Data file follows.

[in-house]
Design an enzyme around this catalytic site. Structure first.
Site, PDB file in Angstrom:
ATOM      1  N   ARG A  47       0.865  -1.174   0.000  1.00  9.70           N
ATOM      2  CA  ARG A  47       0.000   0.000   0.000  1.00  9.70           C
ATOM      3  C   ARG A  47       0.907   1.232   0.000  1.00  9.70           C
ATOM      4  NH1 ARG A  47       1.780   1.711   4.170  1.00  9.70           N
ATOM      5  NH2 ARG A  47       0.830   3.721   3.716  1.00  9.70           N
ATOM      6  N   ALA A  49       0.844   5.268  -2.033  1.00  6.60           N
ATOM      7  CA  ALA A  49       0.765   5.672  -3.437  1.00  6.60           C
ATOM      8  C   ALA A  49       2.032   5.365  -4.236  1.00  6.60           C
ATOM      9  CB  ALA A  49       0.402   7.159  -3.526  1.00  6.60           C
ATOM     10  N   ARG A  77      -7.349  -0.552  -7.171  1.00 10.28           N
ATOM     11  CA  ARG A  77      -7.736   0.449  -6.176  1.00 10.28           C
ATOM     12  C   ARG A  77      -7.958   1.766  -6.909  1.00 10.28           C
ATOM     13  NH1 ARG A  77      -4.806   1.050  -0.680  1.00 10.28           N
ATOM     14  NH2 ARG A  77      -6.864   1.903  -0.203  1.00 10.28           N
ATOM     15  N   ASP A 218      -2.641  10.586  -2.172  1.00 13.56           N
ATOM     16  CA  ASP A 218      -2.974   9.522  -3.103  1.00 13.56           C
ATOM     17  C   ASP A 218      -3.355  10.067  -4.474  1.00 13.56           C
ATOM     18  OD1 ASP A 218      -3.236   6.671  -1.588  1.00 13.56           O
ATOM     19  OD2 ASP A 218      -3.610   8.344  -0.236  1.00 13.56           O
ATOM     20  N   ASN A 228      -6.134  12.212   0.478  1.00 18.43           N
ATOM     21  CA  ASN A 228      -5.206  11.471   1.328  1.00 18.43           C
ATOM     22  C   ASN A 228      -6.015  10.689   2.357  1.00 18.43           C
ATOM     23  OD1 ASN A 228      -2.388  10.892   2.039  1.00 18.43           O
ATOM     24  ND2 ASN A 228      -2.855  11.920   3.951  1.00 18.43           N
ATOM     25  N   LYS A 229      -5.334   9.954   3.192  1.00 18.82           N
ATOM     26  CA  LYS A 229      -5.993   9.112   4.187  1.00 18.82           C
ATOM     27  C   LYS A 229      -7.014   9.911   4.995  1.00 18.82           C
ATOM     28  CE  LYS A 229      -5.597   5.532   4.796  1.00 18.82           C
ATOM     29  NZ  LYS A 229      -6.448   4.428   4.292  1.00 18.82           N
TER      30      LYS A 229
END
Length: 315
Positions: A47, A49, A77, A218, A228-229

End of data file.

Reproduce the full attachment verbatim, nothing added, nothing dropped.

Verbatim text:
[in-house]
Design an enzyme around this catalytic site. Structure first.
Site, PDB file in Angstrom:
ATOM      1  N   ARG A  47       0.865  -1.174   0.000  1.00  9.70           N
ATOM      2  CA  ARG A  47       0.000   0.000   0.000  1.00  9.70           C
ATOM      3  C   ARG A  47       0.907   1.232   0.000  1.00  9.70           C
ATOM      4  NH1 ARG A  47       1.780   1.711   4.170  1.00  9.70           N
ATOM      5  NH2 ARG A  47       0.830   3.721   3.716  1.00  9.70           N
ATOM      6  N   ALA A  49       0.844   5.268  -2.033  1.00  6.60           N
ATOM      7  CA  ALA A  49       0.765   5.672  -3.437  1.00  6.60           C
ATOM      8  C   ALA A  49       2.032   5.365  -4.236  1.00  6.60           C
ATOM      9  CB  ALA A  49       0.402   7.159  -3.526  1.00  6.60           C
ATOM     10  N   ARG A  77      -7.349  -0.552  -7.171  1.00 10.28           N
ATOM     11  CA  ARG A  77      -7.736   0.449  -6.176  1.00 10.28           C
ATOM     12  C   ARG A  77      -7.958   1.766  -6.909  1.00 10.28           C
ATOM     13  NH1 ARG A  77      -4.806   1.050  -0.680  1.00 10.28           N
ATOM     14  NH2 ARG A  77      -6.864   1.903  -0.203  1.00 10.28           N
ATOM     15  N   ASP A 218      -2.641  10.586  -2.172  1.00 13.56           N
ATOM     16  CA  ASP A 218      -2.974   9.522  -3.103  1.00 13.56           C
ATOM     17  C   ASP A 218      -3.355  10.067  -4.474  1.00 13.56           C
ATOM     18  OD1 ASP A 218      -3.236   6.671  -1.588  1.00 13.56           O
ATOM     19  OD2 ASP A 218      -3.610   8.344  -0.236  1.00 13.56           O
ATOM     20  N   ASN A 228      -6.134  12.212   0.478  1.00 18.43           N
ATOM     21  CA  ASN A 228      -5.206  11.471   1.328  1.00 18.43           C
ATOM     22  C   ASN A 228      -6.015  10.689   2.357  1.00 18.43           C
ATOM     23  OD1 ASN A 228      -2.388  10.892   2.039  1.00 18.43           O
ATOM     24  ND2 ASN A 228      -2.855  11.920   3.951  1.00 18.43           N
ATOM     25  N   LYS A 229      -5.334   9.954   3.192  1.00 18.82           N
ATOM     26  CA  LYS A 229      -5.993   9.112   4.187  1.00 18.82           C
ATOM     27  C   LYS A 229      -7.014   9.911   4.995  1.00 18.82           C
ATOM     28  CE  LYS A 229      -5.597   5.532   4.796  1.00 18.82           C
ATOM     29  NZ  LYS A 229      -6.448   4.428   4.292  1.00 18.82           N
TER      30      LYS A 229
END
Length: 315
Positions: A47, A49, A77, A218, A228-229